His self-titled RCA Nashville debut album (for which Brown co-wrote seven of the 11 tracks) arrived at No. 1 on Top Country Albums and No. 10 on the Billboard 200 in the week following its early December 2016 release, with sales of 45,000 copies (and 51,000 equivalent album units on the all-genre consumption chart), according to Nielsen Music. Those sales were bolstered by major TV bookings on The Ellen DeGeneres Show and Today, spots on multiple “artist to watch” lists at print and digital media outlets and his live shows.

“When he began touring, the fan connection became massively stronger,” says Earls. “The casual fan became a rabid fan,” and his solo dates “legitimized him as a touring act.”

Brown recently watched a recording of his first live show, in Darlington, S.C., that was packed with cover songs. “If I was a fan in the audience [that night], I would have been like ‘What the heck did I just buy this ticket for?’ ” he jokes. Since then, Brown has observed and learned from Florida Georgia Line and the other acts on the FGL tour, and eagerly absorbed advice from the duo, its band and crew.

“It’s very impressive to see how far he has come in such a short amount of time,” says WME’s Rountree, who calls Brown “a humble and genuine guy.” His success on the touring front, adds Rountree, “speaks to the kind of work ethic and attention to detail he has.”

Airplay chart numbers notwithstanding, there have been pockets of early support for Brown at FM radio. Hodges cites Brown’s hometown station, WUSY Chattanooga, Tenn., among them, along with KEEY Minneapolis, KJKE Oklahoma City, KMPS Seattle, WIL St. Louis and WKLI Albany, N.Y., which he says all “have over 300 spins on ‘Thunder in the Rain.’ ”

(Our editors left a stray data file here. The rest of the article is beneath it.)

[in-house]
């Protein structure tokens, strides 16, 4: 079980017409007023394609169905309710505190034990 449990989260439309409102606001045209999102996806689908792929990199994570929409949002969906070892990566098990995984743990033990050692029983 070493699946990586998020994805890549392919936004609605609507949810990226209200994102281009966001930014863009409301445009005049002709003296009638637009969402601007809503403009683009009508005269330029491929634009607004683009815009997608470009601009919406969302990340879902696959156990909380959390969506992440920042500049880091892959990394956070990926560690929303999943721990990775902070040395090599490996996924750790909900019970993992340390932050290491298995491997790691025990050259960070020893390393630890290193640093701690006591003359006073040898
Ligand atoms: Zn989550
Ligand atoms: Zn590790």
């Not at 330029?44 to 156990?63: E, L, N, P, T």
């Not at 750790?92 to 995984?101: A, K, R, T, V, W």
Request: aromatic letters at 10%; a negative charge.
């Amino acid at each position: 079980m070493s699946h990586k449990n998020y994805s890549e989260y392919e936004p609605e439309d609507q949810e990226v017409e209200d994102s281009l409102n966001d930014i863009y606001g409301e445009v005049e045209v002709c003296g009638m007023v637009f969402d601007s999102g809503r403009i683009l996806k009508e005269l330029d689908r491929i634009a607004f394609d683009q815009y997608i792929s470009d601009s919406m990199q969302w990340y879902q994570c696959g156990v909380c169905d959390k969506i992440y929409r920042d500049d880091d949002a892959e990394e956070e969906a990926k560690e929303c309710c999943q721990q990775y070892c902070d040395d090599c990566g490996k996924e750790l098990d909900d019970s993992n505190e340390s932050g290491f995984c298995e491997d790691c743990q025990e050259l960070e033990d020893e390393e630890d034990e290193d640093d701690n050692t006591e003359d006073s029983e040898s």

Brown admits that the slow going at radio has been “kind of frustrating,” but adds, “My fans are ... what got me here, so that’s what we’re living off of right now. I want them to play my songs on the radio because I’m always thinking of how much we could blow this thing up, hopefully, but you got to respect that we did come off social media, so [radio programmers] don’t know who I am.”

He also didn’t make the rounds on the kind of traditional radio tour most new country artists spend months doing, although Brown has tried to spend as much time with radio personnel as possible while on tour and work in acoustic shows for radio stations where feasible, including what he calls “a crapload of guitar pulls.”

“In country radio, everybody has such a connection and a bond,” he says, “so you’ve got to meet them.”

The label staff and Earls are taking their time choosing a third single, knowing it will be a critical swing. They’re planning to go for adds in early February. “We intentionally wanted our partners at radio, satellite, digital service providers and the fans to live with the album and ingest the music, before choosing a single,” says Hodges.

Adds Earls: “Fortunately, Kane has made a great and deep album, so we’re not struggling to find good songs. We’re struggling to narrow it down to one.”

Once chosen, Hodges says that third single will come complete with “a multifaceted campaign to support it at radio. We’ll continue to shake hands and make time for as many people that have time for us. There’s nothing like getting the chance to sit down with Kane and hear his story straight from the source. He’s a very compelling and engaging young man.”

“All of the analytics,” says Hodges, “point to success for this artist.”

Brown is keenly aware that “everybody’s got high expectations for me,” and says, “I just don’t want to let anybody down.” At the same time, he adds, “The competitive side of me wants ... to exceed their expectations.”